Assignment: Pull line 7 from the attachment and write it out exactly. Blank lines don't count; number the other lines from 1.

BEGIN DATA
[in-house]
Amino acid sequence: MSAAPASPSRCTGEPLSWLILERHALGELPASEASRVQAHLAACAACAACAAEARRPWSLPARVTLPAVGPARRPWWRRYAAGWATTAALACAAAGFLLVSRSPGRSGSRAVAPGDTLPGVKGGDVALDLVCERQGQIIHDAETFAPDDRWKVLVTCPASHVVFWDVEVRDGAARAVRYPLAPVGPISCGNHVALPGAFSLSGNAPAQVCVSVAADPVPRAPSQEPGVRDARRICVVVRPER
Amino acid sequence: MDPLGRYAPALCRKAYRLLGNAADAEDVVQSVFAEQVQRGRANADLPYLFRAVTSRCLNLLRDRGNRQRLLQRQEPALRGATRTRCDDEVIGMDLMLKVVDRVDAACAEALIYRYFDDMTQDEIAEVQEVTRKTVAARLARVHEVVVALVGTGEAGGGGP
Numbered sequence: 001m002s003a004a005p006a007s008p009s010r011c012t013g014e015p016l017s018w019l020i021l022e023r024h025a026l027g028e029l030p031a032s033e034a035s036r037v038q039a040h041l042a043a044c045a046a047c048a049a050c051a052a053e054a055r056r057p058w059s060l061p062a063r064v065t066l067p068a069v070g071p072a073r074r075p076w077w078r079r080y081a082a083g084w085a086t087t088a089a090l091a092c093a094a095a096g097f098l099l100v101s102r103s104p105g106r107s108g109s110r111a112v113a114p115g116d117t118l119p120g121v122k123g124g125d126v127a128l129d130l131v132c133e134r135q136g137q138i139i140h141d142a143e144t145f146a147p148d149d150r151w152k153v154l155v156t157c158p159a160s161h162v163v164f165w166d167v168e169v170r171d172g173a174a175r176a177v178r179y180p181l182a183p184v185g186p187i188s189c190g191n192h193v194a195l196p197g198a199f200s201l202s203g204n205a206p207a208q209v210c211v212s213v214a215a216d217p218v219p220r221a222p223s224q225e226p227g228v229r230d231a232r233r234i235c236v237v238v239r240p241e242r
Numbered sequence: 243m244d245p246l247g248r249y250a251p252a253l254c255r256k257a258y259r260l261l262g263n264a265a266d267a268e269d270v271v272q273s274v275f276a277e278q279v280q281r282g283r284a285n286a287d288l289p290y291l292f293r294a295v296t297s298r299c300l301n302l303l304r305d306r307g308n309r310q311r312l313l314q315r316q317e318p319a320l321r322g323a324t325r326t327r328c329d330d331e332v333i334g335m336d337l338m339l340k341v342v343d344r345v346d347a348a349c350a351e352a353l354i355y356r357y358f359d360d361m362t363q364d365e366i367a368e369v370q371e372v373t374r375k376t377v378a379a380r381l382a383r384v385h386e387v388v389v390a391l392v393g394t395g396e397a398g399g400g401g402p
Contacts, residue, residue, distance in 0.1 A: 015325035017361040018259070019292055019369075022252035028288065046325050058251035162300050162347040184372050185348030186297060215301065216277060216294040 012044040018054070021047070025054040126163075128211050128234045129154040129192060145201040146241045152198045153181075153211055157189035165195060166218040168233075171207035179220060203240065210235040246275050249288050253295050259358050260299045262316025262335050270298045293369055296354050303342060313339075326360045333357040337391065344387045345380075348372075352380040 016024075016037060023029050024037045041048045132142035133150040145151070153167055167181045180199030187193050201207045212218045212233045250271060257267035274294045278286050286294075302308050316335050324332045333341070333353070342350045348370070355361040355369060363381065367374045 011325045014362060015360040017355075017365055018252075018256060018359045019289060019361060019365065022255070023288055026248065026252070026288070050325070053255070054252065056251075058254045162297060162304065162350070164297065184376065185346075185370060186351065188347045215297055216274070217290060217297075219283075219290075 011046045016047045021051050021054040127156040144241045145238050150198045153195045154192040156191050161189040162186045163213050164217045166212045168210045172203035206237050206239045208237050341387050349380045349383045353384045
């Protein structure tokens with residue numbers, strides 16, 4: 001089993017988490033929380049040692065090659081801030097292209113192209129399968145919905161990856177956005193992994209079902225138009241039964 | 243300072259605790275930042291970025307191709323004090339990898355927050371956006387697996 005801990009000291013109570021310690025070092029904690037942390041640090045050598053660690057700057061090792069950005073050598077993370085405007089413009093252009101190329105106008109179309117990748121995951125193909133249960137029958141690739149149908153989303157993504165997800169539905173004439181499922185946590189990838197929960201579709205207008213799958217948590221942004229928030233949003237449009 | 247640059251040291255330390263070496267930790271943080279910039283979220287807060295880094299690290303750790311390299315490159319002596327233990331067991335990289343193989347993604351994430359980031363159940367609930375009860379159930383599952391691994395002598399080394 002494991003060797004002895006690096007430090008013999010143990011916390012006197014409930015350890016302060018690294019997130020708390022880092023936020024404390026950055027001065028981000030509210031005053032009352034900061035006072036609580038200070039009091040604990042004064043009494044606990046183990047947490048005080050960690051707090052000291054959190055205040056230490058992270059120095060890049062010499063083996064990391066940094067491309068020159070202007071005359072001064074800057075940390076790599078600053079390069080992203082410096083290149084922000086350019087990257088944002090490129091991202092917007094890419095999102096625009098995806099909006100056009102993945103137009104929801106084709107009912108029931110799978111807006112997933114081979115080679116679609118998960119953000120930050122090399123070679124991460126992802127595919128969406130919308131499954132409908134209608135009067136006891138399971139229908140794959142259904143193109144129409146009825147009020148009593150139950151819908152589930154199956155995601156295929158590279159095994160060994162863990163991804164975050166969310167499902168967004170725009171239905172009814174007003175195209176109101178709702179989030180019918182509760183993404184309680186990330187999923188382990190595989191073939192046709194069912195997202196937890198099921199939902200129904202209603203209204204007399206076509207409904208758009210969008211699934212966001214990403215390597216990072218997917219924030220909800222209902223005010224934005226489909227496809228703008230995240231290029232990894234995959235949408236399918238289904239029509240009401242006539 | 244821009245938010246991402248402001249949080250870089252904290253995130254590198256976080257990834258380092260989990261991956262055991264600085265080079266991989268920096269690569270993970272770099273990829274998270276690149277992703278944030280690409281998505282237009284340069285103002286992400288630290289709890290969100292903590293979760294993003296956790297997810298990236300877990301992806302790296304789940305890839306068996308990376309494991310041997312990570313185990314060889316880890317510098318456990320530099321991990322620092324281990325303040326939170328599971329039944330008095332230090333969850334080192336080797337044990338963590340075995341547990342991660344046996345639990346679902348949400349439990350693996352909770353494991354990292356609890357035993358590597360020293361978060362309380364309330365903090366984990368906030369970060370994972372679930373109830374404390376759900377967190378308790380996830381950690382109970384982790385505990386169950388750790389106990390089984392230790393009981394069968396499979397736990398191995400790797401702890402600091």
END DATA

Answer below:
């Protein structure tokens with residue numbers, strides 16, 4: 001089993017988490033929380049040692065090659081801030097292209113192209129399968145919905161990856177956005193992994209079902225138009241039964 | 243300072259605790275930042291970025307191709323004090339990898355927050371956006387697996 005801990009000291013109570021310690025070092029904690037942390041640090045050598053660690057700057061090792069950005073050598077993370085405007089413009093252009101190329105106008109179309117990748121995951125193909133249960137029958141690739149149908153989303157993504165997800169539905173004439181499922185946590189990838197929960201579709205207008213799958217948590221942004229928030233949003237449009 | 247640059251040291255330390263070496267930790271943080279910039283979220287807060295880094299690290303750790311390299315490159319002596327233990331067991335990289343193989347993604351994430359980031363159940367609930375009860379159930383599952391691994395002598399080394 002494991003060797004002895006690096007430090008013999010143990011916390012006197014409930015350890016302060018690294019997130020708390022880092023936020024404390026950055027001065028981000030509210031005053032009352034900061035006072036609580038200070039009091040604990042004064043009494044606990046183990047947490048005080050960690051707090052000291054959190055205040056230490058992270059120095060890049062010499063083996064990391066940094067491309068020159070202007071005359072001064074800057075940390076790599078600053079390069080992203082410096083290149084922000086350019087990257088944002090490129091991202092917007094890419095999102096625009098995806099909006100056009102993945103137009104929801106084709107009912108029931110799978111807006112997933114081979115080679116679609118998960119953000120930050122090399123070679124991460126992802127595919128969406130919308131499954132409908134209608135009067136006891138399971139229908140794959142259904143193109144129409146009825147009020148009593150139950151819908152589930154199956155995601156295929158590279159095994160060994162863990163991804164975050166969310167499902168967004170725009171239905172009814174007003175195209176109101178709702179989030180019918182509760183993404184309680186990330187999923188382990190595989191073939192046709194069912195997202196937890198099921199939902200129904202209603203209204204007399206076509207409904208758009210969008211699934212966001214990403215390597216990072218997917219924030220909800222209902223005010224934005226489909227496809228703008230995240231290029232990894234995959235949408236399918238289904239029509240009401242006539 | 244821009245938010246991402248402001249949080250870089252904290253995130254590198256976080257990834258380092260989990261991956262055991264600085265080079266991989268920096269690569270993970272770099273990829274998270276690149277992703278944030280690409281998505282237009284340069285103002286992400288630290289709890290969100292903590293979760294993003296956790297997810298990236300877990301992806302790296304789940305890839306068996308990376309494991310041997312990570313185990314060889316880890317510098318456990320530099321991990322620092324281990325303040326939170328599971329039944330008095332230090333969850334080192336080797337044990338963590340075995341547990342991660344046996345639990346679902348949400349439990350693996352909770353494991354990292356609890357035993358590597360020293361978060362309380364309330365903090366984990368906030369970060370994972372679930373109830374404390376759900377967190378308790380996830381950690382109970384982790385505990386169950388750790389106990390089984392230790393009981394069968396499979397736990398191995400790797401702890402600091």